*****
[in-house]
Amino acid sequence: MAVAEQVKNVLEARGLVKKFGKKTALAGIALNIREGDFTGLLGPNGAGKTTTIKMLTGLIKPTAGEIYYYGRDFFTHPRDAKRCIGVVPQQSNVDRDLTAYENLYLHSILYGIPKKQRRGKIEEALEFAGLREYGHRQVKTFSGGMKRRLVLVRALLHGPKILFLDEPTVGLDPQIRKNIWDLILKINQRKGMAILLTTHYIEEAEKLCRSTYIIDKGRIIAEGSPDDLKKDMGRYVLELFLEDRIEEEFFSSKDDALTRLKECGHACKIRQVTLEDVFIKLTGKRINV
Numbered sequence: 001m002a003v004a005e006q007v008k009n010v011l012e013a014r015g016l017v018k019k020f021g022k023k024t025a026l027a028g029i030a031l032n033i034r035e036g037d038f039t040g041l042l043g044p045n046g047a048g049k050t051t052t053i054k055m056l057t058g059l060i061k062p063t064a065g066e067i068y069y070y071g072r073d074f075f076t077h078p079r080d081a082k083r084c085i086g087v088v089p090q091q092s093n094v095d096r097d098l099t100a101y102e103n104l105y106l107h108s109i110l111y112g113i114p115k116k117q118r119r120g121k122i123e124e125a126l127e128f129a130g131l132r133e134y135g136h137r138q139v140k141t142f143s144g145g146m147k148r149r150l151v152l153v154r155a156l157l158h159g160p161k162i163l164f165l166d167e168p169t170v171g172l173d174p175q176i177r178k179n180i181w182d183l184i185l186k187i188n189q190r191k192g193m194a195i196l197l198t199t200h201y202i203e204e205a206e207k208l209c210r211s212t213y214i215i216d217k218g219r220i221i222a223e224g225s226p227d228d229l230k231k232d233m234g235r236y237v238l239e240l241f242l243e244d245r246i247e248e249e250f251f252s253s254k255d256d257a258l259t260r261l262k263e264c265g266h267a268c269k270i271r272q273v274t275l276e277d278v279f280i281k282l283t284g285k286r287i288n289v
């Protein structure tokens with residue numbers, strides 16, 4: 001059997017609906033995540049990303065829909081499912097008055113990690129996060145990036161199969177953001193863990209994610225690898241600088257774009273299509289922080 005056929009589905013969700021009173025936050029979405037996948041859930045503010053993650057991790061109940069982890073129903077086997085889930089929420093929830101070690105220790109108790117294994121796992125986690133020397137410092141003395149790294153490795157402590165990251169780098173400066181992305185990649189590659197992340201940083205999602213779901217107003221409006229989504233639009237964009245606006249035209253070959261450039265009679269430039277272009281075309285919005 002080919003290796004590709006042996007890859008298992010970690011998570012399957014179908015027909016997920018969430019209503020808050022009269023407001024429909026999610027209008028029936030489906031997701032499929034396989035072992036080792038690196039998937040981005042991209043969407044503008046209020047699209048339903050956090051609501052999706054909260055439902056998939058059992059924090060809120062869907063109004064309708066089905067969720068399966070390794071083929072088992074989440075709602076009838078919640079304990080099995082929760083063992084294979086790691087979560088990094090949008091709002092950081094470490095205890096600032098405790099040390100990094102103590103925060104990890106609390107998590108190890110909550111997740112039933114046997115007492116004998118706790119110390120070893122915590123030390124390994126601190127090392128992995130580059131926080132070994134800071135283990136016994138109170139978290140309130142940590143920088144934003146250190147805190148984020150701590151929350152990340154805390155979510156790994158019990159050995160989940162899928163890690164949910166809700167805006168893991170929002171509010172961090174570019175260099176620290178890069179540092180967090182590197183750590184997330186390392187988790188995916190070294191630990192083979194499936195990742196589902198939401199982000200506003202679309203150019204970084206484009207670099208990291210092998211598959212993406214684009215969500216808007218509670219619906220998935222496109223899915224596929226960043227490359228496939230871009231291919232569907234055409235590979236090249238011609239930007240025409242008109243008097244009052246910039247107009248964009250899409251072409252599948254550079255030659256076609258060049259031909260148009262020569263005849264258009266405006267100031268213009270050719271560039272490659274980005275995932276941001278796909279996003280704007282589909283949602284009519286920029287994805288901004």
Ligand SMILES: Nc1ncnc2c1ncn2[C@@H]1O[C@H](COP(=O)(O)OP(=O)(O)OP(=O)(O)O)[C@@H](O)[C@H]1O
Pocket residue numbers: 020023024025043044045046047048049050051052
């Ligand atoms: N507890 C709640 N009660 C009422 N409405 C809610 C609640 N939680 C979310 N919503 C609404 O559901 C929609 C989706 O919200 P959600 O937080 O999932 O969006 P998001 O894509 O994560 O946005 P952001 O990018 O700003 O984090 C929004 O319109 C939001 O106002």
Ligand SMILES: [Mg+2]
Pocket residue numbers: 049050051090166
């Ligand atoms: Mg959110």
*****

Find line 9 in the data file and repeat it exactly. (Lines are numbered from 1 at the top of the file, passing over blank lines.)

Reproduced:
Pocket residue numbers: 049050051090166